Ok this is my last sad video doing with “Extremely Loud and Incredibly Close”. I wanted to see what the real children were like that were affected on September 11, 2001. I know that probably very few were anything like Oskar, because as we have discussed, he is far from the normal 9 year old little boy. I wanted to hear how the actual children of 9/11 felt during the recent 10 year anniversary. I am a very patriotic person, so wactching this video made me tear up for sure. It is very sad to even imagine losing a loved one, but some children never even met their parents because their mothers were still pregnant. I could not imagine the void those children must feel in not even knowing who their parents were. This video said that more than 300 children lost their dad’s before even meeting them. This video also said that over 3,000 children lost loved ones. That is absolutely devastating! I hope you enjoyed this touching video as much as I did.
Its an event that will touch everyone’s lives forever.I remember doing a car wash in memory of 9-11 and a soccer coach that we lost who was a fire fighter.We put picutres and high lighted the names of some people that were listed in the news paper.A lot of people came out to support.Their were candle lightings,talks in school a moment of silence.The way I would look at the city was never the same.Just remembering driving over the bridge to my dads house in Queens and seeing the twin towers..then knowing that they werent there anymore and so many people passed was overwhelming.It’s crazy to think our children will be learning about what we lived through when their in school.I think extremely loud incredibly close will help children that lost loved ones in 9-11 maybe it will give them hope to hold on to the people they have and never forget about the memories.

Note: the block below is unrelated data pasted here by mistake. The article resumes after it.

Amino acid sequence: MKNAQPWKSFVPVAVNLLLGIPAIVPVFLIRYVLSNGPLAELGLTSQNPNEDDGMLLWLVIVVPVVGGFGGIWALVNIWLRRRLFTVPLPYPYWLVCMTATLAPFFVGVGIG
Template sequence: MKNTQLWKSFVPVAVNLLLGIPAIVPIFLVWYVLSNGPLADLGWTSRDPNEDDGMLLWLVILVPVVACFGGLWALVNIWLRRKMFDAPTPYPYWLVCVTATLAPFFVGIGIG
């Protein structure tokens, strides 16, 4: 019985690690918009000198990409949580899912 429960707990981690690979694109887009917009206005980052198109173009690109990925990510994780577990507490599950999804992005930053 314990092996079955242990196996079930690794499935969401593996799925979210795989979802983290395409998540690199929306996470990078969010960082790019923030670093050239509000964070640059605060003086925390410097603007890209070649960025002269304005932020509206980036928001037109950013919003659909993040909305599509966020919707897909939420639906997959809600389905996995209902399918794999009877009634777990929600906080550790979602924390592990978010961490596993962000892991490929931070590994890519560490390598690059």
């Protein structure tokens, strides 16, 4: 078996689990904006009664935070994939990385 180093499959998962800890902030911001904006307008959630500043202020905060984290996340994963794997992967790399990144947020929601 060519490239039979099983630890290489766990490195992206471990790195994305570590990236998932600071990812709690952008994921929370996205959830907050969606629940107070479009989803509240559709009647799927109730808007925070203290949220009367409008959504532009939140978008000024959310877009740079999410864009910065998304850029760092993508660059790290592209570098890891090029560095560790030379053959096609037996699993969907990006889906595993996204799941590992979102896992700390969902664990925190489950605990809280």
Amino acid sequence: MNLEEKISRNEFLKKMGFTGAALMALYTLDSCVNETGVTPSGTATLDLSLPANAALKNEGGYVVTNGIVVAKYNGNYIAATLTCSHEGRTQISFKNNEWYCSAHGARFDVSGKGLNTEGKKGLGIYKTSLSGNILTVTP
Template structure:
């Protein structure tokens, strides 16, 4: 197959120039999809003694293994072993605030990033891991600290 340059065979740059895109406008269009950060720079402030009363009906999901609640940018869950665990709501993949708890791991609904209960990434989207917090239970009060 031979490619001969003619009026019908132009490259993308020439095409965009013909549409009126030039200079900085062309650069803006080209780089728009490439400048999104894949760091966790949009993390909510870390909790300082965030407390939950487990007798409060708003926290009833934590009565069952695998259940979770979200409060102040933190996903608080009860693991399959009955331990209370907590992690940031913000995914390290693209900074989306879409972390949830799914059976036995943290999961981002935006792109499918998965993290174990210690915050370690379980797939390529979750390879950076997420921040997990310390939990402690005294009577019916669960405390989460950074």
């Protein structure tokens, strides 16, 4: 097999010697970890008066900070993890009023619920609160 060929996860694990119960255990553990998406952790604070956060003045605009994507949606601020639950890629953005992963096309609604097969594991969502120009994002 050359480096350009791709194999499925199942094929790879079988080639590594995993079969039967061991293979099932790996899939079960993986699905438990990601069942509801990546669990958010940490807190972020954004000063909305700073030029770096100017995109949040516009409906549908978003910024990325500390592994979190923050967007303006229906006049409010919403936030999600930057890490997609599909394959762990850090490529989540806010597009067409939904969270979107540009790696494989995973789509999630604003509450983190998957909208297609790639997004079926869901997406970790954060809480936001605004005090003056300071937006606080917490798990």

That’s so awful! I couldn’t imagine losing a parent now, let alone at that age.
In class today, Mrs. Clark mentioned that the families that lost loved ones in 9/11 weren’t given time to mourn in their own ways. Watching this video, I started to wonder if these kids (the ones old enough to have known their parents) and the parents left behind felt any anger or sadness about being asked to speak on such a sensitive subject. I also wondered if anyone was asked but declined. As Mrs. Clark pointed out, the nation kind of just keeps bringing it back up.
A few weeks ago I made a post about Postmodern advertising techniques. As I was looking for a topic to write about for this post, I came across an article titled “Postmodern Advertising? Don’t Buy It” by a guy named Patrick West. I was curious, so I started reading it.